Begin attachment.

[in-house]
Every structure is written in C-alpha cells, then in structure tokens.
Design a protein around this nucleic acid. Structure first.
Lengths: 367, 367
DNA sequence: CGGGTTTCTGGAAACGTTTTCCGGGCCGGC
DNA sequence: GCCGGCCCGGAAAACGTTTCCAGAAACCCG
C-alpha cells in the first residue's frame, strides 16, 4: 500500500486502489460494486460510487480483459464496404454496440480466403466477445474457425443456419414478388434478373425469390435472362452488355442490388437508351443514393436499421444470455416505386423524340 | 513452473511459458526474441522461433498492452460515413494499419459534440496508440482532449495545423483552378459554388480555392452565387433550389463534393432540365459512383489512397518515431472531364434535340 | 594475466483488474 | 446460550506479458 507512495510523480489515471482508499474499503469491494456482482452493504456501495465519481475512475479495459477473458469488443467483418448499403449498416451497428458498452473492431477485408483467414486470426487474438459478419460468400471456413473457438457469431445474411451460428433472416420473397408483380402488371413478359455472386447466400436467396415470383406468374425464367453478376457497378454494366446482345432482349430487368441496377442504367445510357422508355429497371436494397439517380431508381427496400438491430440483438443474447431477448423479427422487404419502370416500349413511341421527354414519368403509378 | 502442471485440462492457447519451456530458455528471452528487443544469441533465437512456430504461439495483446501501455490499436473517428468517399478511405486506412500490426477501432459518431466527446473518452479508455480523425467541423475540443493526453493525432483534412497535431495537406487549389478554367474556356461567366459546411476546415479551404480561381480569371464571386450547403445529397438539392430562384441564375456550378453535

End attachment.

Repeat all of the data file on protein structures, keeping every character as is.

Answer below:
[in-house]
Every structure is written in C-alpha cells, then in structure tokens.
Design a protein around this nucleic acid. Structure first.
Lengths: 367, 367
DNA sequence: CGGGTTTCTGGAAACGTTTTCCGGGCCGGC
DNA sequence: GCCGGCCCGGAAAACGTTTCCAGAAACCCG
C-alpha cells in the first residue's frame, strides 16, 4: 500500500486502489460494486460510487480483459464496404454496440480466403466477445474457425443456419414478388434478373425469390435472362452488355442490388437508351443514393436499421444470455416505386423524340 | 513452473511459458526474441522461433498492452460515413494499419459534440496508440482532449495545423483552378459554388480555392452565387433550389463534393432540365459512383489512397518515431472531364434535340 | 594475466483488474 | 446460550506479458 507512495510523480489515471482508499474499503469491494456482482452493504456501495465519481475512475479495459477473458469488443467483418448499403449498416451497428458498452473492431477485408483467414486470426487474438459478419460468400471456413473457438457469431445474411451460428433472416420473397408483380402488371413478359455472386447466400436467396415470383406468374425464367453478376457497378454494366446482345432482349430487368441496377442504367445510357422508355429497371436494397439517380431508381427496400438491430440483438443474447431477448423479427422487404419502370416500349413511341421527354414519368403509378 | 502442471485440462492457447519451456530458455528471452528487443544469441533465437512456430504461439495483446501501455490499436473517428468517399478511405486506412500490426477501432459518431466527446473518452479508455480523425467541423475540443493526453493525432483534412497535431495537406487549389478554367474556356461567366459546411476546415479551404480561381480569371464571386450547403445529397438539392430562384441564375456550378453535